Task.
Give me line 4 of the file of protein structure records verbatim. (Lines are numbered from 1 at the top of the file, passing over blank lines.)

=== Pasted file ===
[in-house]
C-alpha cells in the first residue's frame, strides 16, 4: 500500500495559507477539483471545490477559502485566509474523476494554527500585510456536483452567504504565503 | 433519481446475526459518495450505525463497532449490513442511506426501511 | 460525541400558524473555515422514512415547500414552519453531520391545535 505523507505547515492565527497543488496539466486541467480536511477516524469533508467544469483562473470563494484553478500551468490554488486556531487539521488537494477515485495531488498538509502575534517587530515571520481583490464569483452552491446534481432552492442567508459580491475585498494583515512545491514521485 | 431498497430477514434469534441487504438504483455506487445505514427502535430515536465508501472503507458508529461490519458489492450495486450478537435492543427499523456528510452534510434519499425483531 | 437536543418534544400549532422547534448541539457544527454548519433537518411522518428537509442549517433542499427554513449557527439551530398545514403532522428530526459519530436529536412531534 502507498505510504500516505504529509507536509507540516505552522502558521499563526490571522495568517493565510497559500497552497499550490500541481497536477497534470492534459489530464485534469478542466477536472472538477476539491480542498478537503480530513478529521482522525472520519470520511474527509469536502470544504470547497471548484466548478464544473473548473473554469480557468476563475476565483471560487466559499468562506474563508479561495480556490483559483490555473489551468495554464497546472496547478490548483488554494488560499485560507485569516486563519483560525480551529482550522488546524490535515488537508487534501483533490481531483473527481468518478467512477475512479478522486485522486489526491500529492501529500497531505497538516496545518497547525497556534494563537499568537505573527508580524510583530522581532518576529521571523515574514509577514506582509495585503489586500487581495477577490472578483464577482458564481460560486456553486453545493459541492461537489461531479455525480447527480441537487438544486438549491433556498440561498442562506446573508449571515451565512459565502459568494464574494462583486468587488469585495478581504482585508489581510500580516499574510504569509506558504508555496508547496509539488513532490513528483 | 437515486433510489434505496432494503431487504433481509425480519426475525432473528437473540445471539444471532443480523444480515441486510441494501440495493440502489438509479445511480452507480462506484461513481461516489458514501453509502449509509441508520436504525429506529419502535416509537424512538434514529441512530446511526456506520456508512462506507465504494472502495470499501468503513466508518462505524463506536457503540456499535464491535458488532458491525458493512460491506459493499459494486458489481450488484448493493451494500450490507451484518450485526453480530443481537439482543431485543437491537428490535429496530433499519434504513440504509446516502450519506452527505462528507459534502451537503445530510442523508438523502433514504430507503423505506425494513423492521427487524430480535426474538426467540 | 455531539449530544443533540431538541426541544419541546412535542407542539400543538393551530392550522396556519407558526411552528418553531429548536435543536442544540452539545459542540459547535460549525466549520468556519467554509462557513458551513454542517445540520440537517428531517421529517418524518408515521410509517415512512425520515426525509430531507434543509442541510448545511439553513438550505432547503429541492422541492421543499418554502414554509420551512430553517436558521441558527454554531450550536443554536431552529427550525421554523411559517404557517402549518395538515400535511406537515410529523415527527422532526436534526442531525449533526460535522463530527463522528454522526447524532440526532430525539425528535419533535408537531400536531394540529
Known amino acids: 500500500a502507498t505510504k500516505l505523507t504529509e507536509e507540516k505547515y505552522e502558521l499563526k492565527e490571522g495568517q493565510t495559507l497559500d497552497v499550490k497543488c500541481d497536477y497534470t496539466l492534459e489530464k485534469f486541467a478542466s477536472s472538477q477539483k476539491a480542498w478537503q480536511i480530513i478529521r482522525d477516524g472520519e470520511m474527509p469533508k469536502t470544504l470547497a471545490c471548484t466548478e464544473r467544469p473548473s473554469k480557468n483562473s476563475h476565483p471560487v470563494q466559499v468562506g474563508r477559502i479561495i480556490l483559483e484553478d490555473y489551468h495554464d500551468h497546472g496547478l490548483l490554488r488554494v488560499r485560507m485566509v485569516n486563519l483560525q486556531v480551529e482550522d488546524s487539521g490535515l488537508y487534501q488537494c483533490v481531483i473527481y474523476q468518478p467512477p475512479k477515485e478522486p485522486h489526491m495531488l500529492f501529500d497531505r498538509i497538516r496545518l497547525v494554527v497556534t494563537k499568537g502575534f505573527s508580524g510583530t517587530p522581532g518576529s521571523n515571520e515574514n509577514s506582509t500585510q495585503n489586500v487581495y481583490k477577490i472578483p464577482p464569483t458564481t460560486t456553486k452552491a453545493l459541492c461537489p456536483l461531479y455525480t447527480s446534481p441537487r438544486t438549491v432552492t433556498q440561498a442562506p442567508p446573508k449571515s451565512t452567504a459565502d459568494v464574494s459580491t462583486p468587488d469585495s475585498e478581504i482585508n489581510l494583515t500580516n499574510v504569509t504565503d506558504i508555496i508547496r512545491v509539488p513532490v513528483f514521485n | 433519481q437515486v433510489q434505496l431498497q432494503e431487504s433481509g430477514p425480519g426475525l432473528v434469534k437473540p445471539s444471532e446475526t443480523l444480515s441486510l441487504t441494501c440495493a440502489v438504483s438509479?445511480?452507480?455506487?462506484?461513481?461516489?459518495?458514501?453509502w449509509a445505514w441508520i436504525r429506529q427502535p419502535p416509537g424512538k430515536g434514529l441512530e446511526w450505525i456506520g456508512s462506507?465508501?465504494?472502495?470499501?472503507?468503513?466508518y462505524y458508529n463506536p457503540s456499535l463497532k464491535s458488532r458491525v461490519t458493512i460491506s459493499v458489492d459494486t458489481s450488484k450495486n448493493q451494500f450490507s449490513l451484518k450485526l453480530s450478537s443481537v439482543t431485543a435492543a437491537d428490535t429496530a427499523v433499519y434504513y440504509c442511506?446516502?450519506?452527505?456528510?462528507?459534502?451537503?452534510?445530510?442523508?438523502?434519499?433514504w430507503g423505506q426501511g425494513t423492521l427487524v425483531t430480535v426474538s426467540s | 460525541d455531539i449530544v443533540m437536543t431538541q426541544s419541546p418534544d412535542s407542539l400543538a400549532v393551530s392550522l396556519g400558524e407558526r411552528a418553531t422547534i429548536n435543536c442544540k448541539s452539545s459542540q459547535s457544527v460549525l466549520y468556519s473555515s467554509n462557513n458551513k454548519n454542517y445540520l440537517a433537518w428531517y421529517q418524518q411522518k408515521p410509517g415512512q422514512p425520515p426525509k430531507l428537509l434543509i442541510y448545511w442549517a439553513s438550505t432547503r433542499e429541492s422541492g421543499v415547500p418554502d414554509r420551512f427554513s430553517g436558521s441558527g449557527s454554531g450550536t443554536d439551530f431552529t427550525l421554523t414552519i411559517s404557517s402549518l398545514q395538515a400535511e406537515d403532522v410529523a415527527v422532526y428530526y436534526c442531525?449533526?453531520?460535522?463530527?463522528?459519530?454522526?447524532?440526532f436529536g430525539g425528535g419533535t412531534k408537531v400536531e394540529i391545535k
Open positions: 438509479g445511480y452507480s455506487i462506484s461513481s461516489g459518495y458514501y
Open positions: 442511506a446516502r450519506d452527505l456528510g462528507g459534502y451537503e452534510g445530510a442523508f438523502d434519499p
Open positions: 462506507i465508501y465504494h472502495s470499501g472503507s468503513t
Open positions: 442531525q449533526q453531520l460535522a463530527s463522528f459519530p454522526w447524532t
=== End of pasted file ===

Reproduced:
Open positions: 438509479g445511480y452507480s455506487i462506484s461513481s461516489g459518495y458514501y